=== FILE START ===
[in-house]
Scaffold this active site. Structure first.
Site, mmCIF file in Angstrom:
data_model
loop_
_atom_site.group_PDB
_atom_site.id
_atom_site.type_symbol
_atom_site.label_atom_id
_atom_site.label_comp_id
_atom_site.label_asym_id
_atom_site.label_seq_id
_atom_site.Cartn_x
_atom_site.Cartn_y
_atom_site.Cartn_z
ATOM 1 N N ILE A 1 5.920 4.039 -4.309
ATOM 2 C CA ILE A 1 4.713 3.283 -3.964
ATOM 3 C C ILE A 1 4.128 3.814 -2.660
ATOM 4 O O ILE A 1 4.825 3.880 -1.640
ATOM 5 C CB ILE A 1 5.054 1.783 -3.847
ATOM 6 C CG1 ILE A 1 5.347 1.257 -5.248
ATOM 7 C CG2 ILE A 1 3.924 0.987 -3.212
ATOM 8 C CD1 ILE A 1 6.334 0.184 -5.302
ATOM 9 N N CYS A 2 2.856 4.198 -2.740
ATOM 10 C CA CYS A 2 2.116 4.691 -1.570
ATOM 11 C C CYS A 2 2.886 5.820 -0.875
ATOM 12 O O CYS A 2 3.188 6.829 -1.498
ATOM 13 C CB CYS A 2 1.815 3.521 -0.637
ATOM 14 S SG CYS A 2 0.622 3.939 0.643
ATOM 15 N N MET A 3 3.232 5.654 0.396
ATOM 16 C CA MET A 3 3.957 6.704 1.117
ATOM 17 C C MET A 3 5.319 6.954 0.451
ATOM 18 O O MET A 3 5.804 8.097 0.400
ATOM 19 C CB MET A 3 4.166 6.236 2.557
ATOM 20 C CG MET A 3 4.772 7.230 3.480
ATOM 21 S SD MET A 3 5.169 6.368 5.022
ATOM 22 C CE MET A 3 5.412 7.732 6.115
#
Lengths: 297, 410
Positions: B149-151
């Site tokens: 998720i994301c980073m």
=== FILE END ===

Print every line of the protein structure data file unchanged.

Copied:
[in-house]
Scaffold this active site. Structure first.
Site, mmCIF file in Angstrom:
data_model
loop_
_atom_site.group_PDB
_atom_site.id
_atom_site.type_symbol
_atom_site.label_atom_id
_atom_site.label_comp_id
_atom_site.label_asym_id
_atom_site.label_seq_id
_atom_site.Cartn_x
_atom_site.Cartn_y
_atom_site.Cartn_z
ATOM 1 N N ILE A 1 5.920 4.039 -4.309
ATOM 2 C CA ILE A 1 4.713 3.283 -3.964
ATOM 3 C C ILE A 1 4.128 3.814 -2.660
ATOM 4 O O ILE A 1 4.825 3.880 -1.640
ATOM 5 C CB ILE A 1 5.054 1.783 -3.847
ATOM 6 C CG1 ILE A 1 5.347 1.257 -5.248
ATOM 7 C CG2 ILE A 1 3.924 0.987 -3.212
ATOM 8 C CD1 ILE A 1 6.334 0.184 -5.302
ATOM 9 N N CYS A 2 2.856 4.198 -2.740
ATOM 10 C CA CYS A 2 2.116 4.691 -1.570
ATOM 11 C C CYS A 2 2.886 5.820 -0.875
ATOM 12 O O CYS A 2 3.188 6.829 -1.498
ATOM 13 C CB CYS A 2 1.815 3.521 -0.637
ATOM 14 S SG CYS A 2 0.622 3.939 0.643
ATOM 15 N N MET A 3 3.232 5.654 0.396
ATOM 16 C CA MET A 3 3.957 6.704 1.117
ATOM 17 C C MET A 3 5.319 6.954 0.451
ATOM 18 O O MET A 3 5.804 8.097 0.400
ATOM 19 C CB MET A 3 4.166 6.236 2.557
ATOM 20 C CG MET A 3 4.772 7.230 3.480
ATOM 21 S SD MET A 3 5.169 6.368 5.022
ATOM 22 C CE MET A 3 5.412 7.732 6.115
#
Lengths: 297, 410
Positions: B149-151
């Site tokens: 998720i994301c980073m």